US Jewelry Auction Season Ends on an Upswing

Stellar stateside stones: Colored diamonds came out on top at the December sales, while sapphires continued to draw collectors’ interest.

January 24, 2024  |  Anthony DeMarco

It was business as usual as the fall auction season came to an end in New York and Chicago. Christie’s, Sotheby’s, Bonhams and Hindman held their sales in early December, and considering the volatile state of the world, the extension of the ban on Russian diamonds, and the likely shift to a more conservative collecting approach, most were happy with the results.

“The sales were generally nice, with a lot of goods exchanging hands,” reports Benjamin Goldberg of New York-based diamond dealer William Goldberg. “The market for diamonds and diamond jewelry was pretty impressive. There were a lot of peaks and valleys during the season, but sales ended on the upside.

Christie’s sold most of their lots, Sotheby’s struggled a little more, and small diamonds and fancy-colored diamonds made decent prices at Bonhams. Overall, the market is in a pretty good place.”

Audemars Piguet gold and diamond Royal Oak wristwatch. (Sotheby’s)

Sotheby’s: A star-studded selection

The December 5 Magnificent Jewels sale at Sotheby’s New York totaled more than $38.4 million — higher than any of the other major auction houses in the month’s US sales. Of the 137 lots on offer, 75% found buyers, and fancy-colored and colorless diamonds dominated the top 10.

There was also strong demand for vintage pieces from prestigious jewelry houses — particularly those from the estates of iconic entertainers such as Mary Tyler Moore, Frank Sinatra, Richard “Red” Skelton and Tony Randall.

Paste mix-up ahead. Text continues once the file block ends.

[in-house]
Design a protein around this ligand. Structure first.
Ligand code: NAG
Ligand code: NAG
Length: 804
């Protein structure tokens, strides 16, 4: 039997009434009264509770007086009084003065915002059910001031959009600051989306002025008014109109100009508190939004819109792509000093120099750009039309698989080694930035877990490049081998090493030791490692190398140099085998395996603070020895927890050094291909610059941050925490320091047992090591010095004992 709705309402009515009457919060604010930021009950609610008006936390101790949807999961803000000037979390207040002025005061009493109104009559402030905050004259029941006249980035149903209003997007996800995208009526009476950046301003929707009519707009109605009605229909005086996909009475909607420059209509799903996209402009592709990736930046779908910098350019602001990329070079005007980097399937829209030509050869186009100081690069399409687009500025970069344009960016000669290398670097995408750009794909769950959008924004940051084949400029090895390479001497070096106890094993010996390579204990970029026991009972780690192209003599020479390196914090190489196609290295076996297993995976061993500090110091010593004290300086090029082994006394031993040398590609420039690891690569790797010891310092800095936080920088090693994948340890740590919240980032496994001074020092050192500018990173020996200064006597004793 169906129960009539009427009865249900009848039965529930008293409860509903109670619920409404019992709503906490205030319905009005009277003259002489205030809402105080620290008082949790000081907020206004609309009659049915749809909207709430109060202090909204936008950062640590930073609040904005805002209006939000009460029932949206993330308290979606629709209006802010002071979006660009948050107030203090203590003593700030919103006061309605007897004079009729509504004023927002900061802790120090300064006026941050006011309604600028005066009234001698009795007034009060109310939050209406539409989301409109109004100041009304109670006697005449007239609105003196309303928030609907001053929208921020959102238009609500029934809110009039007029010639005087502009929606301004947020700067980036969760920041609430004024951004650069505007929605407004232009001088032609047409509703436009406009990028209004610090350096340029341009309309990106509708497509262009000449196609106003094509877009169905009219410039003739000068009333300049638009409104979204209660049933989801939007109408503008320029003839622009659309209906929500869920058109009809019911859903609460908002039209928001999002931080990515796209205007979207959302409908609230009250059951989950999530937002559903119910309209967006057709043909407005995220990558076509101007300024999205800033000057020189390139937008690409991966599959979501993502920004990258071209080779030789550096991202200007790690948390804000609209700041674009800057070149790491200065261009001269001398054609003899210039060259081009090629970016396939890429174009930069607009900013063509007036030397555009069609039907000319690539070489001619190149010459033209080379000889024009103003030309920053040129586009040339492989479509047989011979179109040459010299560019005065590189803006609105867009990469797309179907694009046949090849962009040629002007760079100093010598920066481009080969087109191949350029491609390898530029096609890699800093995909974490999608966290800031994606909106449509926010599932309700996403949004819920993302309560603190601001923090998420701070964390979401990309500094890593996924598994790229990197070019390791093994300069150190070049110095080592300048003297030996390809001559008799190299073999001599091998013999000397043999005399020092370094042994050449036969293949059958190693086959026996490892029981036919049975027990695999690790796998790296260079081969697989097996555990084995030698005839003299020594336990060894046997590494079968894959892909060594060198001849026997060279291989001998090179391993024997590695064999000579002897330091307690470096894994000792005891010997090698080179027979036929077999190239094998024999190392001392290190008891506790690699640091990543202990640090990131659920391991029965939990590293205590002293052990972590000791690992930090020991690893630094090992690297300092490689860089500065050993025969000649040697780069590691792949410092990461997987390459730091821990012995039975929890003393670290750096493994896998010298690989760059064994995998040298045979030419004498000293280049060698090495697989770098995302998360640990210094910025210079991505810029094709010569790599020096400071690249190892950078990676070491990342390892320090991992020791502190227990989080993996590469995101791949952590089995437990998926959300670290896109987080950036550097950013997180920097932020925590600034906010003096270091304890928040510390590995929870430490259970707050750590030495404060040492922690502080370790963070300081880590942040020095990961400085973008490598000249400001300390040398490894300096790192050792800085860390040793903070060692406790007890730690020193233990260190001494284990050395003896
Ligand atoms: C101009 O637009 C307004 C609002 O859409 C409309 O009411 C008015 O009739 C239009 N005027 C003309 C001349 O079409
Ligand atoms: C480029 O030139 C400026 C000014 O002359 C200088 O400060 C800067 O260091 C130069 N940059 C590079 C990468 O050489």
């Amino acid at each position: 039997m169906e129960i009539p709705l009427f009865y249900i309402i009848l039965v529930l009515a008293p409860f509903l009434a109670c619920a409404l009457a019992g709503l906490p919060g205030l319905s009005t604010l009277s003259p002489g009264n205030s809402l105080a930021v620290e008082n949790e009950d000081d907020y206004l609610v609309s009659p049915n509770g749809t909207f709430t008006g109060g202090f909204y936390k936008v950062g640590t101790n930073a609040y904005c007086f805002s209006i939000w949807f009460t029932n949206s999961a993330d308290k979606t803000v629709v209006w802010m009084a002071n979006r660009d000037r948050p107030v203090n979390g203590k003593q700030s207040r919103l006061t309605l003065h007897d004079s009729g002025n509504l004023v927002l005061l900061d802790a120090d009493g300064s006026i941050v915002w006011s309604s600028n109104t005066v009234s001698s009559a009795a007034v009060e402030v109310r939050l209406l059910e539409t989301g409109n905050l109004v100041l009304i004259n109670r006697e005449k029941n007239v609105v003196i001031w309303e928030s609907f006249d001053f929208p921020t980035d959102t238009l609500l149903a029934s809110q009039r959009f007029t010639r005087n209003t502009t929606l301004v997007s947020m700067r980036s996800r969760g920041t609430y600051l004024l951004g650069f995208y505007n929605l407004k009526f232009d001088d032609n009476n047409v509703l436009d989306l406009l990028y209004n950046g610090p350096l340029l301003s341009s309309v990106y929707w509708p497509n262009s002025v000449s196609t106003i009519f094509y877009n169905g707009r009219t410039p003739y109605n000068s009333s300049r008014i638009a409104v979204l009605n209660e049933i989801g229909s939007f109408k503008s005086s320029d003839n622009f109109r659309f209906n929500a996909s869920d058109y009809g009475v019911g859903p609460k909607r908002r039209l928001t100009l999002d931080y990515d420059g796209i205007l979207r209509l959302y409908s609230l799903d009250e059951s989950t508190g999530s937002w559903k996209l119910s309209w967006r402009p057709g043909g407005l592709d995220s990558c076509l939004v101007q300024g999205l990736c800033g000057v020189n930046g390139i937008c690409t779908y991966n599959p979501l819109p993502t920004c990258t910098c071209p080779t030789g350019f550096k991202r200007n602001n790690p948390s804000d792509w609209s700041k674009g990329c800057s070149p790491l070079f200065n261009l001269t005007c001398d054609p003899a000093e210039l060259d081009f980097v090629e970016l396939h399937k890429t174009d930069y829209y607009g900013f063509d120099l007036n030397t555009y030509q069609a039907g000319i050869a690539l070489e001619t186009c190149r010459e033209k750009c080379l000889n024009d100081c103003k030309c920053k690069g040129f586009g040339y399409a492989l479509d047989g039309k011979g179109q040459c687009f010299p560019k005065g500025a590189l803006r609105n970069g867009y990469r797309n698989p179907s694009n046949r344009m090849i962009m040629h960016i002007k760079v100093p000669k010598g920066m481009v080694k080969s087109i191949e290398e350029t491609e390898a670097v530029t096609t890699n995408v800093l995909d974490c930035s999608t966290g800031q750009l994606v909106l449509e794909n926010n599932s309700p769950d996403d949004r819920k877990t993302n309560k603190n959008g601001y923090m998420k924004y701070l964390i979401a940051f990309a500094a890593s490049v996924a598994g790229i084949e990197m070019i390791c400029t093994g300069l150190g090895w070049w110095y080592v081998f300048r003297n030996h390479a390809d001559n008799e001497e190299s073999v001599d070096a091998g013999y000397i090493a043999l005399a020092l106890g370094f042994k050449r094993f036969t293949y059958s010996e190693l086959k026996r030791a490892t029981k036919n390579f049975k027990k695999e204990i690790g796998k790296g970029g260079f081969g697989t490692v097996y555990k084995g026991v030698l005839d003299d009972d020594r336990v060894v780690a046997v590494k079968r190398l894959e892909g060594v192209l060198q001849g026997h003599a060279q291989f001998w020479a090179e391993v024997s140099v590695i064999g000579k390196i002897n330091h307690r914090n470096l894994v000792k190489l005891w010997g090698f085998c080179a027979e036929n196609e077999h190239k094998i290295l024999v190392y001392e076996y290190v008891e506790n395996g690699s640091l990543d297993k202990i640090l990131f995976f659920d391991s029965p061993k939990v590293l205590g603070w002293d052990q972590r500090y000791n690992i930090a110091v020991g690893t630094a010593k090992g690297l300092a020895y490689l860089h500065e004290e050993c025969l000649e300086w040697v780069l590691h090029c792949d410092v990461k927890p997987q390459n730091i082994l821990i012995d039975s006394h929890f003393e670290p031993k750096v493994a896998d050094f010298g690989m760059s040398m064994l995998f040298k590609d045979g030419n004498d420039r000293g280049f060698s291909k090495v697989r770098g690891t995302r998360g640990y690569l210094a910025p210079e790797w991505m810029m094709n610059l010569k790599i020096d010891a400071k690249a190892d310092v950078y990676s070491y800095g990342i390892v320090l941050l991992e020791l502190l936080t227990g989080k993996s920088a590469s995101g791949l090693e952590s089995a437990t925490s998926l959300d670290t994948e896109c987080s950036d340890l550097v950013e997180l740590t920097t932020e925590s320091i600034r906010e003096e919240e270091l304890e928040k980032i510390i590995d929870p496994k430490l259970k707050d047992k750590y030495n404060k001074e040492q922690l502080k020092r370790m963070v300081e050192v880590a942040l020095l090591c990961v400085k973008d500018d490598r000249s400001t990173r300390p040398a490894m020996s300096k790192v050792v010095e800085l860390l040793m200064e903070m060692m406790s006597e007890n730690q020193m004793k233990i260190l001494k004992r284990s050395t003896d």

Mary-Tyler Moore. (Sotheby’s)

Leading the sale was a 133.03-carat, fancy-vivid-yellow diamond that fetched more than $5.5 million, surpassing its $5 million high estimate. The VS2-clarity gem was the largest diamond of its color ever to sell at auction, according to Sotheby’s.

“It seems like they get one big stone every sale, and it sells,” says David Doppelt of New York-based jeweler Jonathan Doppelt, which specializes in fancy-color diamonds. “That was a great stone and price.”
Another piece that caught Doppelt’s attention was a diamond necklace from Leviev Diamonds. The necklace features 30 variously cut diamonds weighing a total of 123.27 carats, ranging from D to G in color and internally flawless to SI1 in clarity. It sold for nearly $2.4 million.

The market for diamonds and diamond jewelry was pretty impressive.

Colored diamonds continue to be in strong demand, according to gemologist Gary Roskin of the Roskin Gem News Report. One example at Sotheby’s was a ring with a 7.37-carat, fancy-intense-orangy-pink, VS1 diamond that went for nearly $1.7 million.

Pieces by Harry Winston had mixed results. One ring by the New York jewelry house, featuring a pear-shaped, 23.65-carat, D, VVS2 diamond between tapered baguette diamonds, netted nearly $1.4 million. However, two other high-profile pieces by the jeweler failed to sell: a Wreath diamond necklace and Wreath bracelet, which respectively had estimates of $700,000 to $1 million and $650,000 to $850,000.

Notable among the auction’s signed jewels was a pink-sapphire, diamond and gold ring that belonged to Skelton. It brought in nearly $1.1 million, over seven times its high estimate. The sapphire is of Burmese origin and weighs approximately 16 to 18 carats. Meanwhile, a collection of Randall’s jewels included a gold, sapphire, emerald and diamond bracelet by Jean Schlumberger that sold for $127,000, exceeding its high estimate of $35,000.

A 133.03-carat, fancy-vivid-yellow diamond. (Sotheby’s)

Christie’s: Blues and oranges

The Magnificent Jewels auction at Christie’s New York achieved more than $38.1 million, selling 90% of its 152 lots. However, the anticipated top lot — the California Sunset earrings, which featured a pair of oval, fancy-vivid-orange-yellow diamonds weighing 12.20 and 11.96 carats respectively — was pulled from the December 6 sale at the last minute without explanation. The earrings carried an estimate of $7 million to $12 million.

David Webb aquamarine, enamel and diamond cuff.
(Christie’s Images Limited)

While the withdrawal of an item often makes negative headlines, it’s really a typical part of the auction business, explains Roskin. “You never know why something is withdrawn. It could be a host of reasons. The auction house never reveals that information, and for good reason. Most people who aren’t familiar with auctions look at that as a problem. Those familiar with auctions take it as something normal.”